How difficult is it to return to the workforce after a few years off? Very difficult but not impossible, as I detail about my own experience in Always Be Job Hunting.
The Harvard Business Review’s November issue also looks at the topic, and cautions against thinking a return is even harder in our current depressed jobs market.
“Given the weak global labor market, this may seem a strange time for employers to be expanding their pipeline of prospective employees. But that view misses an important point. Even though unemployment is high, companies struggle to find the right applicants. The potential candidates for returnship programs are a high-caliber bunch.
“During the four years I’ve spent running return-to-work conferences, all the attendees have held bachelor’s degrees, 75% have held graduate degrees, and 75% had worked for at least 10 years before taking an intentional break. Returning professionals offer enlightened employers a rare opportunity: They allow them to hire people who have a level of maturity and experience not found in younger recruits and who are at a life stage where parental leaves and spousal job relocations are most likely behind them,” writes the article’s author, Carol Fishman Cohen.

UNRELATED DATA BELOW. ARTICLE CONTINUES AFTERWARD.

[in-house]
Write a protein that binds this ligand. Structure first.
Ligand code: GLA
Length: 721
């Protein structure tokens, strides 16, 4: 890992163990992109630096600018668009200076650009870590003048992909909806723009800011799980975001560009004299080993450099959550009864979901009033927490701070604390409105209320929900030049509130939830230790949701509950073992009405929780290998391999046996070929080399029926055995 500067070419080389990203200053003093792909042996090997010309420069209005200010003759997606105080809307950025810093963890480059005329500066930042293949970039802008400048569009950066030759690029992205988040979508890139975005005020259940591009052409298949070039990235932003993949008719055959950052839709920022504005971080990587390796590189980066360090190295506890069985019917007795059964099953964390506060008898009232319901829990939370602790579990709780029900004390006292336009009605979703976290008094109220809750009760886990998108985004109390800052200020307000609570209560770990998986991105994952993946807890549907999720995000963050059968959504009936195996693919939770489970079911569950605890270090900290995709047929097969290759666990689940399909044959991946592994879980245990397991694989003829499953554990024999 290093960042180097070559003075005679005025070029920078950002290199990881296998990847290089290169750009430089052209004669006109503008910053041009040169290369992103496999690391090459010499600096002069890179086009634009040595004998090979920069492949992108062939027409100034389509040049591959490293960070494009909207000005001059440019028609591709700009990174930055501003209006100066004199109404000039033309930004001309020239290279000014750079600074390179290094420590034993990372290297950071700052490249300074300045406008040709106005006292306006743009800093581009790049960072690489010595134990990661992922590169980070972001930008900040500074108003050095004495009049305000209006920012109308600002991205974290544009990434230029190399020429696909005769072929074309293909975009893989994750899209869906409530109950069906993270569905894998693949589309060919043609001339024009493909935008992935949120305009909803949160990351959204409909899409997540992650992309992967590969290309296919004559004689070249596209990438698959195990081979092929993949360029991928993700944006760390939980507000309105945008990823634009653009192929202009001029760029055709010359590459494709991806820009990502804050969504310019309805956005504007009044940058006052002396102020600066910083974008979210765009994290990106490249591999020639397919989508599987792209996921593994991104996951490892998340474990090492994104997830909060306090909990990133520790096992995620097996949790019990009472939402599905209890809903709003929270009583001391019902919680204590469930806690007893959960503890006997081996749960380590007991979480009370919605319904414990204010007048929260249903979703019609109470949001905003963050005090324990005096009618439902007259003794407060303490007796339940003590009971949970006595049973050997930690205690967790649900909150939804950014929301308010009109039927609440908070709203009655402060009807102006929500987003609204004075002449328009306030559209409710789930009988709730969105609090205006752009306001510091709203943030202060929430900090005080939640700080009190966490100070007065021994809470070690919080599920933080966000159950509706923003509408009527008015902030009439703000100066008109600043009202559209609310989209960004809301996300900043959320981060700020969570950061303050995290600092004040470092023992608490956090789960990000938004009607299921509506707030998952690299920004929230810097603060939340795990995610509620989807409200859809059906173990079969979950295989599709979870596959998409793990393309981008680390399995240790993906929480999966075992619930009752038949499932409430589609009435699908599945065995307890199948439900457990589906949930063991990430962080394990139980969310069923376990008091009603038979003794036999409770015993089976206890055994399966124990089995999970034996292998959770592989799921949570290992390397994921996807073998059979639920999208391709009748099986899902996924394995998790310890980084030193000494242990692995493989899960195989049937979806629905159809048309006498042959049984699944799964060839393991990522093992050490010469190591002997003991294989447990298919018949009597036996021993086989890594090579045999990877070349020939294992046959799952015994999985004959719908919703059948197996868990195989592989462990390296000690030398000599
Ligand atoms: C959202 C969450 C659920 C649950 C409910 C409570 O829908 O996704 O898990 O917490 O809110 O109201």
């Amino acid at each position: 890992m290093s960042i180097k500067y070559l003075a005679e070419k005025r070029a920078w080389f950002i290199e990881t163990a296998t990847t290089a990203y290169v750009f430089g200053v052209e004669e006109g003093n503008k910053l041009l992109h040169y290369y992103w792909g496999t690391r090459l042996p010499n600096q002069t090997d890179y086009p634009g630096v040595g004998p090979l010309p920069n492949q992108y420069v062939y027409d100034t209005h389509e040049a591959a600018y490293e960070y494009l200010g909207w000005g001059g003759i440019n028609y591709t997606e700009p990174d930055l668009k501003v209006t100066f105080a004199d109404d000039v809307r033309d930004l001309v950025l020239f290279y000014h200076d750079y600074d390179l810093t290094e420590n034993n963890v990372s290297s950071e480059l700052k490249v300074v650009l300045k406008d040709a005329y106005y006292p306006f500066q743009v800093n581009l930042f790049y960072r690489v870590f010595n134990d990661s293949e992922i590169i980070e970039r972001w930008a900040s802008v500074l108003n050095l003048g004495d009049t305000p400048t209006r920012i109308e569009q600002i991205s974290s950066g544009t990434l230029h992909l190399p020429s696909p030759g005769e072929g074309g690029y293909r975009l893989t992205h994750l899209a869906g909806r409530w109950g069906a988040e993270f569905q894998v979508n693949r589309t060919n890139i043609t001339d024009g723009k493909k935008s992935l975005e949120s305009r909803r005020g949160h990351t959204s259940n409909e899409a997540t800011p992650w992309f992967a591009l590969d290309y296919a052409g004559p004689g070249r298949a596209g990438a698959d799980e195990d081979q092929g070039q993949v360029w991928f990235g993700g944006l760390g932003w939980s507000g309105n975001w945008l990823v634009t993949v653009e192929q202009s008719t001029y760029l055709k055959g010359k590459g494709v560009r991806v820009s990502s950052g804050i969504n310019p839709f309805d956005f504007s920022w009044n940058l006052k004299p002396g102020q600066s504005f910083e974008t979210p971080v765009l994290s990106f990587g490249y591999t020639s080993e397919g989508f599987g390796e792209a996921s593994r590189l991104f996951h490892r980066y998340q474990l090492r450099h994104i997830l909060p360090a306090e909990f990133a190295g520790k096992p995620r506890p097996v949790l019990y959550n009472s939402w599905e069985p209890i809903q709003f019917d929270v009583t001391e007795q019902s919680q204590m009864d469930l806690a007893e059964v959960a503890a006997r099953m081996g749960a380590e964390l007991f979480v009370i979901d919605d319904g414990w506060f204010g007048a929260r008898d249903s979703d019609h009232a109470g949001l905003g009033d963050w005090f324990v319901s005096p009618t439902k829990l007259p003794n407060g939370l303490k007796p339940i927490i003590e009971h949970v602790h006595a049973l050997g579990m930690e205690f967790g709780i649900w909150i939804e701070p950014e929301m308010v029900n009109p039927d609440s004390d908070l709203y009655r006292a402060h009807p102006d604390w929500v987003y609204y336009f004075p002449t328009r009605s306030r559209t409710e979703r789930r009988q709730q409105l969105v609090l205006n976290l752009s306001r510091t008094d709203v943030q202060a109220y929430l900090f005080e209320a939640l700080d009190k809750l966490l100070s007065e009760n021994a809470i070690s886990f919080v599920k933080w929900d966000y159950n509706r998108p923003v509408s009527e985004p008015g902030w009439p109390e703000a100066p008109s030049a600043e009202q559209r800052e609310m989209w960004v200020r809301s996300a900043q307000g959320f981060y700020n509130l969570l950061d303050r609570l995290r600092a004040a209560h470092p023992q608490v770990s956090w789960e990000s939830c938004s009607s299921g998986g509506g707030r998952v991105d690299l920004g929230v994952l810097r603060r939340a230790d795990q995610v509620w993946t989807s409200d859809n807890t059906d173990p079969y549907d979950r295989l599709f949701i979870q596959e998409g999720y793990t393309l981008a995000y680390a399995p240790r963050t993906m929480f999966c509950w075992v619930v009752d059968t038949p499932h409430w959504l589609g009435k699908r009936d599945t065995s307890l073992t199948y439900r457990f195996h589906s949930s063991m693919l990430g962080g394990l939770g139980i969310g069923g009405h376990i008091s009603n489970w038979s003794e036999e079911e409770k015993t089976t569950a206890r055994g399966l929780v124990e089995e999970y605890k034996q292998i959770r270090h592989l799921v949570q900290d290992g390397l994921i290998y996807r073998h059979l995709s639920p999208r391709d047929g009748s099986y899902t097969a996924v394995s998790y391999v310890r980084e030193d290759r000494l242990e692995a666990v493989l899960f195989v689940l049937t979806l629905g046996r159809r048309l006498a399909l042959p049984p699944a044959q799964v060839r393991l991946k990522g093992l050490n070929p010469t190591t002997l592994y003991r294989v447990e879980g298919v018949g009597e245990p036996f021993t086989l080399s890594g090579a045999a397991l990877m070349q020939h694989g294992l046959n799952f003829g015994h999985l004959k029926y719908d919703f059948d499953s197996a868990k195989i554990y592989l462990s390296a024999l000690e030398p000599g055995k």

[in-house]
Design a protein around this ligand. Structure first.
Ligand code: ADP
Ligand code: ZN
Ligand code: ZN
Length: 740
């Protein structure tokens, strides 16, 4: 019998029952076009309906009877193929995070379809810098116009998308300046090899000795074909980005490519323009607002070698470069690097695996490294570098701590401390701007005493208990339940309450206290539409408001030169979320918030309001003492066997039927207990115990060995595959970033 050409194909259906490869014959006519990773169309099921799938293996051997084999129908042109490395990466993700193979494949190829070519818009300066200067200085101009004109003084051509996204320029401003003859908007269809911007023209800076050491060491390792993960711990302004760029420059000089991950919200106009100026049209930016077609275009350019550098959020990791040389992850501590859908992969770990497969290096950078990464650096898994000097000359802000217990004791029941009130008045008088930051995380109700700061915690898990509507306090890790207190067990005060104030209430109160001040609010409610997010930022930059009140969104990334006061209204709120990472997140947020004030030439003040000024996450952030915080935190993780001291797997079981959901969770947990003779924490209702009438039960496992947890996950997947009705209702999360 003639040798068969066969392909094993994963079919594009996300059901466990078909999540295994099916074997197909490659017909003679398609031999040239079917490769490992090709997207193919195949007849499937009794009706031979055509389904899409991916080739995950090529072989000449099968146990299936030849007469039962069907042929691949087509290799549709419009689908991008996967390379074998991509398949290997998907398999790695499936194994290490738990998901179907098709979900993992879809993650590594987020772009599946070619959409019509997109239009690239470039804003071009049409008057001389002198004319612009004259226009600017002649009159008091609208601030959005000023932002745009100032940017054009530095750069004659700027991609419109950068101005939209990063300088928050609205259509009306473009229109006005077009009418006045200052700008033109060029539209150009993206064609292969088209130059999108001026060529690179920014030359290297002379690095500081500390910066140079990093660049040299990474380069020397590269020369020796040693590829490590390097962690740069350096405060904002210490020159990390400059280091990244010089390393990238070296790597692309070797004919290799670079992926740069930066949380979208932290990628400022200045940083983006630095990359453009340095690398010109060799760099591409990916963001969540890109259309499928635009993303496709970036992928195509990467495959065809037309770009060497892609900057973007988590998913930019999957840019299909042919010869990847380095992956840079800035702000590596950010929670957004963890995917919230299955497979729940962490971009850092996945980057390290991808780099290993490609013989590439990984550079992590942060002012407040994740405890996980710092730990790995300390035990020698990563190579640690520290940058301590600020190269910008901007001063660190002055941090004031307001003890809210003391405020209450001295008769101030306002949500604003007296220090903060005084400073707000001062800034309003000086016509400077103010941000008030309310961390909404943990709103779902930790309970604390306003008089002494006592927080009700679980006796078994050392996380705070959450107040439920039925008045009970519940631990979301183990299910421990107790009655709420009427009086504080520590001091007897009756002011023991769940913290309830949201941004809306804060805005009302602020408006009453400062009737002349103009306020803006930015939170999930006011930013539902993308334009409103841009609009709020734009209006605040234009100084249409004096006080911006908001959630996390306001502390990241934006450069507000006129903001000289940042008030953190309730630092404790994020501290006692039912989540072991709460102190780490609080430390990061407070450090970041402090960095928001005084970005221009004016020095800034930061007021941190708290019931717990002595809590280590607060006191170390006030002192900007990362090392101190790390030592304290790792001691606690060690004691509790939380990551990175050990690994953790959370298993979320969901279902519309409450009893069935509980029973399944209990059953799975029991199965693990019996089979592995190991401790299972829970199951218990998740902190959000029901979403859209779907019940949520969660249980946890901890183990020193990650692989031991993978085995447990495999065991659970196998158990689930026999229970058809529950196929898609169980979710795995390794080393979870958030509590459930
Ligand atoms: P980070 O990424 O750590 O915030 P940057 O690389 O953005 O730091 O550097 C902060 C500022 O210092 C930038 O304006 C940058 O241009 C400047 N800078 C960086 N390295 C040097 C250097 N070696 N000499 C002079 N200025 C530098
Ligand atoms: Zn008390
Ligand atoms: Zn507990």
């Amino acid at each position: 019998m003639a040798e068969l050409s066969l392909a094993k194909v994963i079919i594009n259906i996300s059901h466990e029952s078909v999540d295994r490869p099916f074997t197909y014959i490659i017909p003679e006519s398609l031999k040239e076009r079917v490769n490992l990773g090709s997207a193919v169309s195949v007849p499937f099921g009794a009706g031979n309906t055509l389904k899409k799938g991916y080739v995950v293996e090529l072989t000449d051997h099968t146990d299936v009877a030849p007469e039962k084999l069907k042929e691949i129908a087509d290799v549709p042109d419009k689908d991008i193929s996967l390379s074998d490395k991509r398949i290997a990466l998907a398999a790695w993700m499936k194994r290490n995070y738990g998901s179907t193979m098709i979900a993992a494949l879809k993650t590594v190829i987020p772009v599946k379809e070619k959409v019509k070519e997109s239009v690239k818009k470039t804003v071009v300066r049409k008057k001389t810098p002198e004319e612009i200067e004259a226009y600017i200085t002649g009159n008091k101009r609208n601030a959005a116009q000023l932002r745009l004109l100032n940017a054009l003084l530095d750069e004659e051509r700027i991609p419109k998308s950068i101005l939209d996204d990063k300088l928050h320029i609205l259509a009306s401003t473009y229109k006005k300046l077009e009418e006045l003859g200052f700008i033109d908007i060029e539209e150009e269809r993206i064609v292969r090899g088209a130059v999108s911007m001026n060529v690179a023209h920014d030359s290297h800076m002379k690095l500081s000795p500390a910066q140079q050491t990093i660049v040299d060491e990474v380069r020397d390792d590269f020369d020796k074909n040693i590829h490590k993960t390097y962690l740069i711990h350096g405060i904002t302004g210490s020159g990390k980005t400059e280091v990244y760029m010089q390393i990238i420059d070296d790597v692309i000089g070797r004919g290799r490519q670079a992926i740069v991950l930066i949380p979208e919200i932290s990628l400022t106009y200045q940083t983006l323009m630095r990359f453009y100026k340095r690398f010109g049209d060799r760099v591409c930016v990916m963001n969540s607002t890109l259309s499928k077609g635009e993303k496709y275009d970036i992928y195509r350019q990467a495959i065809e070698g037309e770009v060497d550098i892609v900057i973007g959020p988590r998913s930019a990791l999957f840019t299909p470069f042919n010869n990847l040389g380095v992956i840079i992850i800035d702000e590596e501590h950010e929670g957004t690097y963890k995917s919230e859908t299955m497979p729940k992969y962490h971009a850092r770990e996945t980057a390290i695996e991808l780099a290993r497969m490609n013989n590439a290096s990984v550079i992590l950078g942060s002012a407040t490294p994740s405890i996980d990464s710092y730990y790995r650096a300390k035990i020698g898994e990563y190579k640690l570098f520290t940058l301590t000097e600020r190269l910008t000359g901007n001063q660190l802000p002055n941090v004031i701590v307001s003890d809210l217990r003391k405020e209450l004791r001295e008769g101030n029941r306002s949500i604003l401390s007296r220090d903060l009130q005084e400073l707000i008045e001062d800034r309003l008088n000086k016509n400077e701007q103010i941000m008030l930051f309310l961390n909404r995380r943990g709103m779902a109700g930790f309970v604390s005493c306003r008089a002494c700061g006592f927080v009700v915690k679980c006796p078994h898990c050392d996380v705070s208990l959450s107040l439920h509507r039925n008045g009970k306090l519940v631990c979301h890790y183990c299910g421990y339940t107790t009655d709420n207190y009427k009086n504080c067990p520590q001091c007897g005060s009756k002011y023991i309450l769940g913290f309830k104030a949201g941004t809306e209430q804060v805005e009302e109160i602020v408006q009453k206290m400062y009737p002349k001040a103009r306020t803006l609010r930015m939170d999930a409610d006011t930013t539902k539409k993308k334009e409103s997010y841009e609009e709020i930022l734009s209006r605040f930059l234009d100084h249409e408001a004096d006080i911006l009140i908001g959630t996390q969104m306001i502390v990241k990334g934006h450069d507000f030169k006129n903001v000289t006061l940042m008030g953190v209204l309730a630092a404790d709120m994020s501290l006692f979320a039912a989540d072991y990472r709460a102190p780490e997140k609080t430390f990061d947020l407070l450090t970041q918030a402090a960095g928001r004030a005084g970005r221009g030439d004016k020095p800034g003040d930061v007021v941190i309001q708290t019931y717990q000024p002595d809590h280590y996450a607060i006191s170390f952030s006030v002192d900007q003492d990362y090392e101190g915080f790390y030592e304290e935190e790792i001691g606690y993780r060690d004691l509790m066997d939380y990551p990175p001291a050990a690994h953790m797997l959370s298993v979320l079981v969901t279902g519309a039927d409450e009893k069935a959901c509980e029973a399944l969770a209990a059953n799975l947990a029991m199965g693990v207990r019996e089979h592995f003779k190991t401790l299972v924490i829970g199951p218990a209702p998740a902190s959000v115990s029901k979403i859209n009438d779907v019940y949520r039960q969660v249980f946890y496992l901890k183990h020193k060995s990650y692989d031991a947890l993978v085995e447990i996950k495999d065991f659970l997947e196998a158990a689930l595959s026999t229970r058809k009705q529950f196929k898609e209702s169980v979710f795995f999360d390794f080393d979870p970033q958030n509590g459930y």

My return to the office workforce came in 2005 after seven and a half years of working from a home office so I could raise my children. While the challenge I faced may not been as difficult as someone who had stopped working altogether to raise his or her children, it still required me to convince a potential employer that I could function in a more structured work environment.
John N. Frank